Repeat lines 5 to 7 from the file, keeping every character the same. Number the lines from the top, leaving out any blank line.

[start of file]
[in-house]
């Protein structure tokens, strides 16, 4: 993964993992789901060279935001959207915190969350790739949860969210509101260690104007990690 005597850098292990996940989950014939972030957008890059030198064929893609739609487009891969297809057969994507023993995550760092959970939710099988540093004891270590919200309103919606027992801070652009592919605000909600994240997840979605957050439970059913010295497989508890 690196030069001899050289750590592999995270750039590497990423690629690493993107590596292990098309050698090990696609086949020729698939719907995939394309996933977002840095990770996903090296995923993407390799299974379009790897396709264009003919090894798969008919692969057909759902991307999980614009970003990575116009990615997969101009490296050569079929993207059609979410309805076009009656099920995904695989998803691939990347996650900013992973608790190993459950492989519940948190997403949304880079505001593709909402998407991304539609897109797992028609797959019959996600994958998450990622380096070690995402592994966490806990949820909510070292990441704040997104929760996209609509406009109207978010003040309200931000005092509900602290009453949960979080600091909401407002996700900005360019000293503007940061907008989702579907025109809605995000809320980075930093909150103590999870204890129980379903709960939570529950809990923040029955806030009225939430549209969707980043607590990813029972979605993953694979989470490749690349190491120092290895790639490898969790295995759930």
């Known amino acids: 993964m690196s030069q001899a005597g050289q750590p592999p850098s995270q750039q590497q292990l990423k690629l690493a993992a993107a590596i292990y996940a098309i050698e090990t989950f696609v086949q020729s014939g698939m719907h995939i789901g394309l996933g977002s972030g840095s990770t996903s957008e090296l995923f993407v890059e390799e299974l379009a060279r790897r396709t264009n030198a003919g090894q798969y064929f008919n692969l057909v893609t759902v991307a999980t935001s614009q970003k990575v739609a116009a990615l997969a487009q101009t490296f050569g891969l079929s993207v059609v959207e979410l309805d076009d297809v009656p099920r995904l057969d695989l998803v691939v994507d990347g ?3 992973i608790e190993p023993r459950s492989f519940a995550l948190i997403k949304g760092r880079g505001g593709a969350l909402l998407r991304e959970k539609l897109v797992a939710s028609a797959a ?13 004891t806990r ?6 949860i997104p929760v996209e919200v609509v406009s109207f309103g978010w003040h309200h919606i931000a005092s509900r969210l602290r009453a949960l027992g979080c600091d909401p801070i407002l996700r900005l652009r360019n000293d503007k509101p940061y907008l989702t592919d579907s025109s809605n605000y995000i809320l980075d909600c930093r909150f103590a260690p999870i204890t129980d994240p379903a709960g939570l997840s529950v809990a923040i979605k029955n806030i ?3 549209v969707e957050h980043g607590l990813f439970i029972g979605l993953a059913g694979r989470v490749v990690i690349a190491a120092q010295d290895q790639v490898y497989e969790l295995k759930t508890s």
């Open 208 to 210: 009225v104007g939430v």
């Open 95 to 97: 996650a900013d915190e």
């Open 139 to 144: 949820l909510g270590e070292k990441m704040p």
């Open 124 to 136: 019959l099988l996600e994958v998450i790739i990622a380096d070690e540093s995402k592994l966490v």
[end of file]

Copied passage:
């Open 95 to 97: 996650a900013d915190e």
């Open 139 to 144: 949820l909510g270590e070292k990441m704040p």
């Open 124 to 136: 019959l099988l996600e994958v998450i790739i990622a380096d070690e540093s995402k592994l966490v």